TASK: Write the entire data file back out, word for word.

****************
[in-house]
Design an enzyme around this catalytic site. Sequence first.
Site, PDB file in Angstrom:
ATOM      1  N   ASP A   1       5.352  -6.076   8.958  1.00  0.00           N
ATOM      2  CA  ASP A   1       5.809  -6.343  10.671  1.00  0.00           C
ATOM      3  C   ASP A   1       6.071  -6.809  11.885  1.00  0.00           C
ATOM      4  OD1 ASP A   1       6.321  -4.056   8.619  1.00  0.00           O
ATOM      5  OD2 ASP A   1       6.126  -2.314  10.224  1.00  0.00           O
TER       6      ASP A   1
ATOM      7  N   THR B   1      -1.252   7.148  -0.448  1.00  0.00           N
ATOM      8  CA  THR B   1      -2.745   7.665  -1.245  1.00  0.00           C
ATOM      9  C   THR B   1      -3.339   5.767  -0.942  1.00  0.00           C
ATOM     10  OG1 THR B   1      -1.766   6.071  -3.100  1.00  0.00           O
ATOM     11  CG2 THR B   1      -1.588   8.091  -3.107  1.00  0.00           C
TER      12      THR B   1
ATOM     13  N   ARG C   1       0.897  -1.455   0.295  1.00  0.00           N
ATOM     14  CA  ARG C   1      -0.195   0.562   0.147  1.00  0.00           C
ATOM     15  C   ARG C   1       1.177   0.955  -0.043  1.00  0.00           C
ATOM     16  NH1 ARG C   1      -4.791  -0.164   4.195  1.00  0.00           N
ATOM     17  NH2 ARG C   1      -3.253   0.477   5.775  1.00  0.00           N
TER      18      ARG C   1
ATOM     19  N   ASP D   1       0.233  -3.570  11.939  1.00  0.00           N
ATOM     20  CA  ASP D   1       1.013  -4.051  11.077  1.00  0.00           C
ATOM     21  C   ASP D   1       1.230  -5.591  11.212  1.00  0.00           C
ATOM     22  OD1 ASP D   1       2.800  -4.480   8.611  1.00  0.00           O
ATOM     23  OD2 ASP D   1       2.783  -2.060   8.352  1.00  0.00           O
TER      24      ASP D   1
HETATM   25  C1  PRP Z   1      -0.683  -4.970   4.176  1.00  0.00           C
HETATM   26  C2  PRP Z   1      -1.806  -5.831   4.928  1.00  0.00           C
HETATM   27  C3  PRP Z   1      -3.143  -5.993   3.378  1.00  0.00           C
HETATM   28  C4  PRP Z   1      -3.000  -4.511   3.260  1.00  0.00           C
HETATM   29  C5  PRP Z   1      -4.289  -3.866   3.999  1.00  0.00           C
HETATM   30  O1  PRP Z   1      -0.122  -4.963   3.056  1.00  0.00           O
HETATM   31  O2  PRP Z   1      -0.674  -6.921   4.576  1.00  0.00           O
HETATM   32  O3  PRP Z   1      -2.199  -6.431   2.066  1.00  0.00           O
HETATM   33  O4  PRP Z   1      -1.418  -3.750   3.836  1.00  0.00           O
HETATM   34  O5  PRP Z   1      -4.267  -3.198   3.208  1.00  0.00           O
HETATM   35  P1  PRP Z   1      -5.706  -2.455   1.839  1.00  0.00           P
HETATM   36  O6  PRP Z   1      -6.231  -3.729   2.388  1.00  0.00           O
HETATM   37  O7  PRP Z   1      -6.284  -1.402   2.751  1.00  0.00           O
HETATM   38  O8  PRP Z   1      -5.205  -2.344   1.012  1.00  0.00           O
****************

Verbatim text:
[in-house]
Design an enzyme around this catalytic site. Sequence first.
Site, PDB file in Angstrom:
ATOM      1  N   ASP A   1       5.352  -6.076   8.958  1.00  0.00           N
ATOM      2  CA  ASP A   1       5.809  -6.343  10.671  1.00  0.00           C
ATOM      3  C   ASP A   1       6.071  -6.809  11.885  1.00  0.00           C
ATOM      4  OD1 ASP A   1       6.321  -4.056   8.619  1.00  0.00           O
ATOM      5  OD2 ASP A   1       6.126  -2.314  10.224  1.00  0.00           O
TER       6      ASP A   1
ATOM      7  N   THR B   1      -1.252   7.148  -0.448  1.00  0.00           N
ATOM      8  CA  THR B   1      -2.745   7.665  -1.245  1.00  0.00           C
ATOM      9  C   THR B   1      -3.339   5.767  -0.942  1.00  0.00           C
ATOM     10  OG1 THR B   1      -1.766   6.071  -3.100  1.00  0.00           O
ATOM     11  CG2 THR B   1      -1.588   8.091  -3.107  1.00  0.00           C
TER      12      THR B   1
ATOM     13  N   ARG C   1       0.897  -1.455   0.295  1.00  0.00           N
ATOM     14  CA  ARG C   1      -0.195   0.562   0.147  1.00  0.00           C
ATOM     15  C   ARG C   1       1.177   0.955  -0.043  1.00  0.00           C
ATOM     16  NH1 ARG C   1      -4.791  -0.164   4.195  1.00  0.00           N
ATOM     17  NH2 ARG C   1      -3.253   0.477   5.775  1.00  0.00           N
TER      18      ARG C   1
ATOM     19  N   ASP D   1       0.233  -3.570  11.939  1.00  0.00           N
ATOM     20  CA  ASP D   1       1.013  -4.051  11.077  1.00  0.00           C
ATOM     21  C   ASP D   1       1.230  -5.591  11.212  1.00  0.00           C
ATOM     22  OD1 ASP D   1       2.800  -4.480   8.611  1.00  0.00           O
ATOM     23  OD2 ASP D   1       2.783  -2.060   8.352  1.00  0.00           O
TER      24      ASP D   1
HETATM   25  C1  PRP Z   1      -0.683  -4.970   4.176  1.00  0.00           C
HETATM   26  C2  PRP Z   1      -1.806  -5.831   4.928  1.00  0.00           C
HETATM   27  C3  PRP Z   1      -3.143  -5.993   3.378  1.00  0.00           C
HETATM   28  C4  PRP Z   1      -3.000  -4.511   3.260  1.00  0.00           C
HETATM   29  C5  PRP Z   1      -4.289  -3.866   3.999  1.00  0.00           C
HETATM   30  O1  PRP Z   1      -0.122  -4.963   3.056  1.00  0.00           O
HETATM   31  O2  PRP Z   1      -0.674  -6.921   4.576  1.00  0.00           O
HETATM   32  O3  PRP Z   1      -2.199  -6.431   2.066  1.00  0.00           O
HETATM   33  O4  PRP Z   1      -1.418  -3.750   3.836  1.00  0.00           O
HETATM   34  O5  PRP Z   1      -4.267  -3.198   3.208  1.00  0.00           O
HETATM   35  P1  PRP Z   1      -5.706  -2.455   1.839  1.00  0.00           P
HETATM   36  O6  PRP Z   1      -6.231  -3.729   2.388  1.00  0.00           O
HETATM   37  O7  PRP Z   1      -6.284  -1.402   2.751  1.00  0.00           O
HETATM   38  O8  PRP Z   1      -5.205  -2.344   1.012  1.00  0.00           O